This is a guest post written by Enock Glidden, MTF Accessibility Ambassador, Public Speaker, Adaptive Athlete, and Adventurer. To learn more about Enock, please visit his website.
Hey fellow hikers! This is going to be a short one that fits nicely with a short accessible trail in Rumford. I visited the Swift River Trail a few years ago, but never reviewed it from an accessibility point of view.
This trail is also known as the Dan Richard Walking Trail.
The trail is about a quarter of a mile long one way which doing the math makes a half mile out and back. Pro tip: do not stop at the first parking lot. I made that mistake the first time I went. That one is for the tennis and basketball courts. The actual trailhead is a bit further ahead and is really well made. The road is downhill to the accessible parking lot and is a bit steep. If you want to make the trail more challenging you could stop at the first lot.
Right off the parking lot is a beautiful spot to hang out and have a picnic. It isn't necessarily accessible as the terrain is just natural grass but I had no trouble moving around down to the water's edge.
The trail starts right off the parking lot with an opening wider than the trail.
The trail is completely paved from one end to the other with mostly flat terrain. There are resting benches at the correct intervals. They are easy to get to and placed in areas with beautiful views.
There is one bridge that is really well made and perfectly accessible. There is a slight slope leading up to it but it is very manageable.
There is one hill that is a bit long but is gradual. I had no problem navigating it.
You will notice a number of side trails. Those are meant for ATVs but I decided to check one out for a little added adventure. I thought it might get me closer to the water but in the end, it just looped right back to the trail. It had some really sandy sections that were hard to push through and it gave me more of a workout.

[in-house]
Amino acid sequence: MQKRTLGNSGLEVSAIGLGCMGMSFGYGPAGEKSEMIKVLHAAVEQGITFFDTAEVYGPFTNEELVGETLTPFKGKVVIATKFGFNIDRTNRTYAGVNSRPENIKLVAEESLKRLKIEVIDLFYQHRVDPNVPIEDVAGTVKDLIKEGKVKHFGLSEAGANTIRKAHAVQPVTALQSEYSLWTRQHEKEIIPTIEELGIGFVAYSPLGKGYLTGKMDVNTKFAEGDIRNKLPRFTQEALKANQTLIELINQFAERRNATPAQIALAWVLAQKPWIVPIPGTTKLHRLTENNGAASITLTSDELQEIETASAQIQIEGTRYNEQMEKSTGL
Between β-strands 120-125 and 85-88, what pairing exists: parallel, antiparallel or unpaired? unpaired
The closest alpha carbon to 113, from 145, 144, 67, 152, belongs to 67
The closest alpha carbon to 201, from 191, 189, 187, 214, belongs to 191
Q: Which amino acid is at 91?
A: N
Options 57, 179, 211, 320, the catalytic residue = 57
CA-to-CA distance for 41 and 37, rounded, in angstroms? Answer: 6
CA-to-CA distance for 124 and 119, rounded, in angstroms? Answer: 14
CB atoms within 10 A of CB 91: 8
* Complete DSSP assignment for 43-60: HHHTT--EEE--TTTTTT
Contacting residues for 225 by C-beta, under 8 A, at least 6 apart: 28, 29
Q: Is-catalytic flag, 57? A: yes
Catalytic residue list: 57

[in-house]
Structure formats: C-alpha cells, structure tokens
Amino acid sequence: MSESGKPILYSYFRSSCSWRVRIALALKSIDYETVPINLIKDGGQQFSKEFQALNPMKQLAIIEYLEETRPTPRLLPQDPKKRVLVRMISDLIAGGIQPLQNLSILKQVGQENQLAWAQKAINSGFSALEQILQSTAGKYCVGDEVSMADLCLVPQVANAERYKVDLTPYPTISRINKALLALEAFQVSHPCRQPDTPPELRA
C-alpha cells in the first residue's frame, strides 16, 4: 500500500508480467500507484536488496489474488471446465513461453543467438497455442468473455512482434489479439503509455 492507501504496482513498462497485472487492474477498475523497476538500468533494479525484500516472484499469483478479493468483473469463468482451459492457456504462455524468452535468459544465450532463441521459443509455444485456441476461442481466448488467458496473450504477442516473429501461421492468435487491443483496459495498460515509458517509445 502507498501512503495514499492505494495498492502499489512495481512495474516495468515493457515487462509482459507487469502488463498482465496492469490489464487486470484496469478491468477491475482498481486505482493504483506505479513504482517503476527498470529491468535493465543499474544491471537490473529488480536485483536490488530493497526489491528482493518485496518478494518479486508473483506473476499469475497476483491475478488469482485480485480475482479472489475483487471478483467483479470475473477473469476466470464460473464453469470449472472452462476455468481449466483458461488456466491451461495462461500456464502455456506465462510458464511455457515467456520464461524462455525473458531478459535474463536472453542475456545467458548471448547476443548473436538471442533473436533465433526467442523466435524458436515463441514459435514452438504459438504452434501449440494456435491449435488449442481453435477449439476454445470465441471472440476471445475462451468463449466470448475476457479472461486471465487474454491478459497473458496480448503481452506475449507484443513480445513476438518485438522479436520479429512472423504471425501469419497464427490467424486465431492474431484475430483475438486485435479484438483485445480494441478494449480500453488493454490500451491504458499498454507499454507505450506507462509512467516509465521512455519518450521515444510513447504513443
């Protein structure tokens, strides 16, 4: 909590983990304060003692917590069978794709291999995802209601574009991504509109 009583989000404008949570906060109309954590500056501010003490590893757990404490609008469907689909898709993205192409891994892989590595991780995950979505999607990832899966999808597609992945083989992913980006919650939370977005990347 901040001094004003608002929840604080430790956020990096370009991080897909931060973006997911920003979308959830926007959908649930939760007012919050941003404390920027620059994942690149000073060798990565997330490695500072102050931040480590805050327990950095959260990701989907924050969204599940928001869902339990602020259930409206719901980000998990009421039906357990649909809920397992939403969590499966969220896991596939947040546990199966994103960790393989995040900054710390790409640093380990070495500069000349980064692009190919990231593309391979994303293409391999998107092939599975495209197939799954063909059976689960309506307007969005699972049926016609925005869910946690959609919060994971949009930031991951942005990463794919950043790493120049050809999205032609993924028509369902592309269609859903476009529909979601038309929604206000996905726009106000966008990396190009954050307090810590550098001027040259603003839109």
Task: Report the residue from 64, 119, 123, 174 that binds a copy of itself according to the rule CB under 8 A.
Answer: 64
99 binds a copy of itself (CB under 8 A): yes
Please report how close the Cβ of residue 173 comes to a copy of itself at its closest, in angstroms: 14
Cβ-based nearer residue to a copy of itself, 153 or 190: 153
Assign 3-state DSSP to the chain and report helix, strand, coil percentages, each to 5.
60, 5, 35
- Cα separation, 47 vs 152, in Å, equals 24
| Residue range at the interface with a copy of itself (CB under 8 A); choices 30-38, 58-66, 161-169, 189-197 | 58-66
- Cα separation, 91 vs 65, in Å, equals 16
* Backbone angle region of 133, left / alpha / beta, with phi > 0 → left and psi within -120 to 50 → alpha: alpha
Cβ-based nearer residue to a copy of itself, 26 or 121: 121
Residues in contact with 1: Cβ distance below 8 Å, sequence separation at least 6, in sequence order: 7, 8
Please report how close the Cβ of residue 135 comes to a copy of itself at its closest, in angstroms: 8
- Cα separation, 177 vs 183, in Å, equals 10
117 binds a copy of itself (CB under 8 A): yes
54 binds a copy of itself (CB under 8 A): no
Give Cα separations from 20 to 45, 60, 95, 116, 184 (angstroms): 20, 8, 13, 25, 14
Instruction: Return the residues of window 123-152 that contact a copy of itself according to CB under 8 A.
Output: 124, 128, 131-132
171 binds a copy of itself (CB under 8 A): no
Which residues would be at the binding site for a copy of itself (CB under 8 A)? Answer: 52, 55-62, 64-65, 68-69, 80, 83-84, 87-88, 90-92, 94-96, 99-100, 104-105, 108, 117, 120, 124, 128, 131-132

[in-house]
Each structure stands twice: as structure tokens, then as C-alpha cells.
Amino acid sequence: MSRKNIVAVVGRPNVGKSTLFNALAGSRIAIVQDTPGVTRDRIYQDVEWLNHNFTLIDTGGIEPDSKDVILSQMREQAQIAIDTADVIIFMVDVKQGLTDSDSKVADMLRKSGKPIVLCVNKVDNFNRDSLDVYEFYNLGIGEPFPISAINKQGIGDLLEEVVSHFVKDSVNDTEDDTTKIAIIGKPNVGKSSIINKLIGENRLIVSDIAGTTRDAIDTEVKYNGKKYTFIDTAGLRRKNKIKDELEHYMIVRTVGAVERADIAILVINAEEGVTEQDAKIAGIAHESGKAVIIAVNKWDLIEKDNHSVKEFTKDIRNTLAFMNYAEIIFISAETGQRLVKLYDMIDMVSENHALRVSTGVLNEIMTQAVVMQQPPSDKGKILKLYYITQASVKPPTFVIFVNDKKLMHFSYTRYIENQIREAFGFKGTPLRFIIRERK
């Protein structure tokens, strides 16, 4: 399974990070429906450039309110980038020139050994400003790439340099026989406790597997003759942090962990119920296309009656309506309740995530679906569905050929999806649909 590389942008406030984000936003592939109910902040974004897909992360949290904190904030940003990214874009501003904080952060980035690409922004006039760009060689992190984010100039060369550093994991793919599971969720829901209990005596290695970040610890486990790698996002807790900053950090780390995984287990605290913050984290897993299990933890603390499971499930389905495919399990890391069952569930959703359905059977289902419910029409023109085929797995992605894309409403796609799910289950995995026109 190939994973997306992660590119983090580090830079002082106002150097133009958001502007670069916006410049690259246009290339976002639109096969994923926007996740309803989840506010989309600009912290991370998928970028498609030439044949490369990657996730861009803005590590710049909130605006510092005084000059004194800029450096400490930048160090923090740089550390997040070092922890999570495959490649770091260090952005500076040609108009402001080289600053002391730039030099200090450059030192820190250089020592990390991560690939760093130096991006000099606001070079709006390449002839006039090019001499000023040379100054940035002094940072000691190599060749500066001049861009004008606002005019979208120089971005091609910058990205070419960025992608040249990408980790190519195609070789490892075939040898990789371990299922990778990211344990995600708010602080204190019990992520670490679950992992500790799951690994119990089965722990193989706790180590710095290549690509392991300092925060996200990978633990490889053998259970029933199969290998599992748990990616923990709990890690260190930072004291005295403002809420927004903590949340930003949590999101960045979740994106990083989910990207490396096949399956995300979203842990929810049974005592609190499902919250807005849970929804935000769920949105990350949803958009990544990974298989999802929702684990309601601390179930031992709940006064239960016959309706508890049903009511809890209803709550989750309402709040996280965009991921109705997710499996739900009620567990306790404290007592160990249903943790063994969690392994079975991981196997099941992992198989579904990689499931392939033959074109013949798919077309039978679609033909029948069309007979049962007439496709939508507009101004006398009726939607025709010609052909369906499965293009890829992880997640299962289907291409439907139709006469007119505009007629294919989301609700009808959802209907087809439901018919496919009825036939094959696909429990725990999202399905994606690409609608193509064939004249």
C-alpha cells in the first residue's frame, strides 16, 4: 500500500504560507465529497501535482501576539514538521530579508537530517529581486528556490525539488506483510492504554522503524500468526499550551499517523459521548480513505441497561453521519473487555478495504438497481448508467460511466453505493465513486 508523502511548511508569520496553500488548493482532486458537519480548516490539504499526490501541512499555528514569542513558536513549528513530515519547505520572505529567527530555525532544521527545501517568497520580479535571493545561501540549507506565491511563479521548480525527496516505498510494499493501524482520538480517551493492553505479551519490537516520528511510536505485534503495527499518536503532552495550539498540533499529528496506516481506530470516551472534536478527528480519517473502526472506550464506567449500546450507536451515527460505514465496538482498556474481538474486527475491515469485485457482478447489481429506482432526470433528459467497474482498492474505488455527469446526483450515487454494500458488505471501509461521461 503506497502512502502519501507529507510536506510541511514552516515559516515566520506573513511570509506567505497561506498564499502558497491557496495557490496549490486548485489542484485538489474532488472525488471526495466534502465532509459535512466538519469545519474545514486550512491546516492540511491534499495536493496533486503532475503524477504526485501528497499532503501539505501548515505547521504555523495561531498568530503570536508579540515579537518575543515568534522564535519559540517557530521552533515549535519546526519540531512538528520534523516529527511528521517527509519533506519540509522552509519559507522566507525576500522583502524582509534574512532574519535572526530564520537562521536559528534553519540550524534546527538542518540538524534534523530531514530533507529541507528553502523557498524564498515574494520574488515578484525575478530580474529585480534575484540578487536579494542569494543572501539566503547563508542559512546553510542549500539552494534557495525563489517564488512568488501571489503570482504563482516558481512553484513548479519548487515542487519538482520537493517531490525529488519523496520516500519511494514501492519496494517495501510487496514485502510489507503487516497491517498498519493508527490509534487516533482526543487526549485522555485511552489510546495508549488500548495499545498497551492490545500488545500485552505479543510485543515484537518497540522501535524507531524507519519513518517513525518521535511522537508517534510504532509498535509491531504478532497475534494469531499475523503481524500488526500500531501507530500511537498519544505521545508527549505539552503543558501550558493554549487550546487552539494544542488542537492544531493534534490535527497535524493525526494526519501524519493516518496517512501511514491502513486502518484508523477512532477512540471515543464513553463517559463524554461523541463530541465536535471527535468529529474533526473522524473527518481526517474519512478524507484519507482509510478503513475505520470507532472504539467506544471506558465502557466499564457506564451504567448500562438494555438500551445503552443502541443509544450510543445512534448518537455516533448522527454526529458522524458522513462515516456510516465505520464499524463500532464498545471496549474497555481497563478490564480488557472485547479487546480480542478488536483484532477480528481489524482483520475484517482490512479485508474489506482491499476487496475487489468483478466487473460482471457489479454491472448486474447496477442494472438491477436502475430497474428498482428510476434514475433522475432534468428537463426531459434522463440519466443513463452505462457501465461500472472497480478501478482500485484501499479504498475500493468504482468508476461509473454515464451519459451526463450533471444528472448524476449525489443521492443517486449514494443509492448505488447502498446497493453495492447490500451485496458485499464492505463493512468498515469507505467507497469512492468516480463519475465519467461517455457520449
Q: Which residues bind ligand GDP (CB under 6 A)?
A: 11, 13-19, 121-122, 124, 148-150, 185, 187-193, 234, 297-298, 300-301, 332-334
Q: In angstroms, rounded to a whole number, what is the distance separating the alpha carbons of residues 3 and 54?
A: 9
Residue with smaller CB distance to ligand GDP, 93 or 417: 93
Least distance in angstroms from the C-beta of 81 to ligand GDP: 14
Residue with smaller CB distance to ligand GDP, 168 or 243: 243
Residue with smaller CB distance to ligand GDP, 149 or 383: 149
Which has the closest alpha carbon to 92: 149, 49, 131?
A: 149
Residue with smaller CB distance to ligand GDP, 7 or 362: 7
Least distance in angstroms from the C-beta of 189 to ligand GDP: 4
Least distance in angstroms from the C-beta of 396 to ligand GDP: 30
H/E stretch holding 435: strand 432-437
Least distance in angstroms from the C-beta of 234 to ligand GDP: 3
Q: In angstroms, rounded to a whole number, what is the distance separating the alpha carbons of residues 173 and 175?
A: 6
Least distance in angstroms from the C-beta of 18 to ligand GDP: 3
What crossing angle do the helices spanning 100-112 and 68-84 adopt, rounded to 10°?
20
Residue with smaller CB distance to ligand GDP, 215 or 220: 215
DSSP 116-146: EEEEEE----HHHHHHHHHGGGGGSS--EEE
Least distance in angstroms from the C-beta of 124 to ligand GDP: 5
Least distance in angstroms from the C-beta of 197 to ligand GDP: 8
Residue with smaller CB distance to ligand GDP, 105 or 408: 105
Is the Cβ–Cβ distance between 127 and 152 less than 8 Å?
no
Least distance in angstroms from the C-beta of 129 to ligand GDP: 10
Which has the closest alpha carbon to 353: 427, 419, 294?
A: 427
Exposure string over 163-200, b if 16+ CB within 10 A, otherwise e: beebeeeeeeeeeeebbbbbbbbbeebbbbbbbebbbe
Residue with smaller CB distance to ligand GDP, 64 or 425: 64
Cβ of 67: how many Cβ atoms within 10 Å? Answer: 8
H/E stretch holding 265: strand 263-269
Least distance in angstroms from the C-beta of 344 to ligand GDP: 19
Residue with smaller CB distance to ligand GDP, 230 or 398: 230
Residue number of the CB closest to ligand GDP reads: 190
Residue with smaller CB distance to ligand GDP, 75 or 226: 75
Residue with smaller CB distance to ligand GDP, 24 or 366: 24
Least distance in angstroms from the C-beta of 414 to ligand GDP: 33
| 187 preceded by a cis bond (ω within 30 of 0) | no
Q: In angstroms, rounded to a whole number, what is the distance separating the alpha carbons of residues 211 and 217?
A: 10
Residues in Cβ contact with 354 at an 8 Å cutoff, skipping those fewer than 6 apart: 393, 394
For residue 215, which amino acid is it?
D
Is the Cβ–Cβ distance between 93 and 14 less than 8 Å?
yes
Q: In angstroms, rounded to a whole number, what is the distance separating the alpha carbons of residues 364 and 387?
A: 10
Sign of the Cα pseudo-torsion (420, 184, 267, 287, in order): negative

The trail ends at the sports fields fence. You could get back to the upper parking lot by going on the grass along the edge of the fence but I just chose to turn around.
This trail really perfectly implements all the requirements of an accessible trail. One thing that isn't necessarily a requirement but I really think should be is distance markers. I find them really helpful to judge what my total distance will be.
The awesome thing about this trail is the beauty at the beginning and end. I had to stop and just take in the sounds of the water and birds when I was finished. What an amazing spot to just relax and bring down your blood pressure and stress levels.
If you are in the Rumford area and looking for a place to get a little exercise and maybe have a picnic this is the place to go. This one is obviously rated accessible. There is nothing inaccessible about it. A definite must to check out.
This year I hope to get some group or one on one hikes together. I would love to interview other people with disabilities about their outdoor experiences. The more perspectives we can get the better the information will be and the more progress we can make.
If you have a different type of mobility issue or a different disability and you visit this trail or others, please comment on this post and give us your feedback. The more knowledge we gather and share, the more people we can get outside using the trails of Maine!
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